Fagan's two-year ban confirmed

 

ATHLETICS:ON THE night it came with a further sense of relief – the formal opportunity to admit his guilt, take the punishment, and perhaps now get on with the rest of his life.

As Martin Fagan had already made clear in his own mind, last night’s Irish Sports Council’s hearing into his positive test for the endurance enhancing drug erythropoietin – EPO – was going to be the easy part: he readily admitted to the charge, declined the option of having the B-sample tested, and with that was handed the mandatory two-year ban.

Fagan was never going to say anything otherwise, not when he now realises the positive drugs test was ultimately a cry for help, the result of a desperate low and severe depression he’d allowed himself sink into. He’s got over one battle, which led him to inject himself with EPO in one, irrational moment; but now the 28-year-old has another war to fight, and the purely mental one.

He travelled from his home in Mullingar yesterday to the Dublin hotel where the Irish Sports Council had convened the hearing at the earliest possible convenience, as requested by Fagan himself. Represented on the night were Athletics Ireland, and their chief executive John Foley, the Irish Sports Council, through their chief executive John Treacy, and Dr Una May, head of the Sports Councils anti-doping programme, plus the independent adjudicator who oversees the hearing as part of the anti-doping disciplinary process.

“There weren’t any further complications,” said Paul McDermott, spokesperson for the Irish Sports Council. “It was certainly quick, very prompt, but that was the intention of the athlete involved, to get the matter dealt with as quickly as possible, and of course for that to happen there had to be full co-operation with the athlete.

“EPO is a very serious break of the anti-doping programme, and had to be treated that way. But there was the realisation too that the athlete wanted to get that matter dealt with as quickly possible, and allow him to move on to the next phase here, the personal phase.”

Last night’s statement issued on behalf of the Irish Sports Council merely confirmed as much:

“Athletics Ireland and the Irish Sports Council jointly announce that the Irish Sport Anti-Doping Disciplinary Panel has determined that Martin Fagan, an athlete affiliated to Athletics Ireland, has committed an anti-doping rule violation.

“The panel found that, contrary to Article 2.1 of the Irish Anti-Doping Rules, Mr Fagan, tested positive for the presence of a prohibited substance or its metabolite or marker, recombinant erythropoietin (EPO), in a sample of his urine collected on behalf of the Irish Sports Council during out of competition testing at Tucson, Arizona, on the December 10th, 2011.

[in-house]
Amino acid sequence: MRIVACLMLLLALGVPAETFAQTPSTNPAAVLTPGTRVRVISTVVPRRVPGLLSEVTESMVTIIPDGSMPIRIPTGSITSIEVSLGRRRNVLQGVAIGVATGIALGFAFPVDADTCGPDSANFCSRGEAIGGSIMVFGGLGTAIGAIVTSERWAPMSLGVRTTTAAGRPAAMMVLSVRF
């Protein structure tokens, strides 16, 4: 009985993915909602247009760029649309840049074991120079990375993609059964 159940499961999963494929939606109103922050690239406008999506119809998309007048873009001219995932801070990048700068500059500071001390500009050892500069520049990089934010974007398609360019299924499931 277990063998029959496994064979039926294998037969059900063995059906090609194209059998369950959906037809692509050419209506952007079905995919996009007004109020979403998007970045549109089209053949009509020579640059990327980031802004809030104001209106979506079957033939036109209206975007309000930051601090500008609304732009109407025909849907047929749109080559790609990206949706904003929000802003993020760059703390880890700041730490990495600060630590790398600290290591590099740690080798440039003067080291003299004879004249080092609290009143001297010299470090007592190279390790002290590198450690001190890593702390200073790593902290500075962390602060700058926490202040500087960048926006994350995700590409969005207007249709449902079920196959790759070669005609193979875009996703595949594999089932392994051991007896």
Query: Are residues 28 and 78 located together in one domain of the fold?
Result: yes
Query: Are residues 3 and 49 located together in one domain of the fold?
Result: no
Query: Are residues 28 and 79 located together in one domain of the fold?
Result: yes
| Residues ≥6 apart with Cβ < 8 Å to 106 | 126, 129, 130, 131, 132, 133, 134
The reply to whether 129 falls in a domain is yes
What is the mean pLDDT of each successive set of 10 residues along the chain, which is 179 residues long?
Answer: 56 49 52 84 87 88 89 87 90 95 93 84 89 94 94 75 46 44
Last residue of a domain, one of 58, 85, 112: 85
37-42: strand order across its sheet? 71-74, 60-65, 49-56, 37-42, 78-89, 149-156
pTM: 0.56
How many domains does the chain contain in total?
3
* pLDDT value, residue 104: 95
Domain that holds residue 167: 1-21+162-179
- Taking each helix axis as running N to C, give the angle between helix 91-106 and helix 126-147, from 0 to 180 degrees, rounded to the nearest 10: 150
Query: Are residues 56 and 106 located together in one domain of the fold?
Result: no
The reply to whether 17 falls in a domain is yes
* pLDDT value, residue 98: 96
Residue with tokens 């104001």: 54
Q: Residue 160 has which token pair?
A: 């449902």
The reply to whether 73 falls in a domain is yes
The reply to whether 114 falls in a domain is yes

“Mr Fagan has been sanctioned, subject to his right to appeal within 14 days, by the imposition on him of a period of ineligibility for two years.

“The panel has decided that because of the prompt admission of the violation by Mr Fagan the appropriate commencement date for the period of ineligibility is December 10th, 2011, the date on which the sample was collected.”

Effectively this means Fagan would be free to compete again from December 11th, 2013, when he would still only be 30 – but in the process of outlining his deeper problems to The Irish Times he admitted that getting back into competitive running was the very least of his concerns, and something he wasn’t even contemplating right now.

“Maybe I’ll miss it someday,” he says. “But right now I think back on my career with very little satisfaction. Even making the Olympics in 2008. Running really only became a job. I’d show up at a race and count the runners I could beat, and figure I might make $400. All the fun was gone, all the enjoyment.”

Not being able to get a job, he says, might actually have contributed to his downfall: due to US immigration issues at the end of 2007, he had to give up his student visa and purchase a professional athletes visa, which prohibited any employment; “I would have washed dishes, anything, just to meet new people, just have some life outside of running.”

As well as rebuilding his well-being, mentally first, then perhaps physically – he’ll also be dealing with the quite substantial debt that he’s built up over the past four years. Before leaving America last month he returned his car by voluntary repossession – “which is not a good thing” – yet found himself far more heart-broken about having to give up his dog, too.

But he’s already submitted a CAO application to return for an undergraduate degree, possibly in social work, maybe even counselling.

Fagan realises some people will always accuse him of being a drugs cheat, and he can deal with that; but at least in this next phase of his life nobody can accuse him of not being able to speak from experience.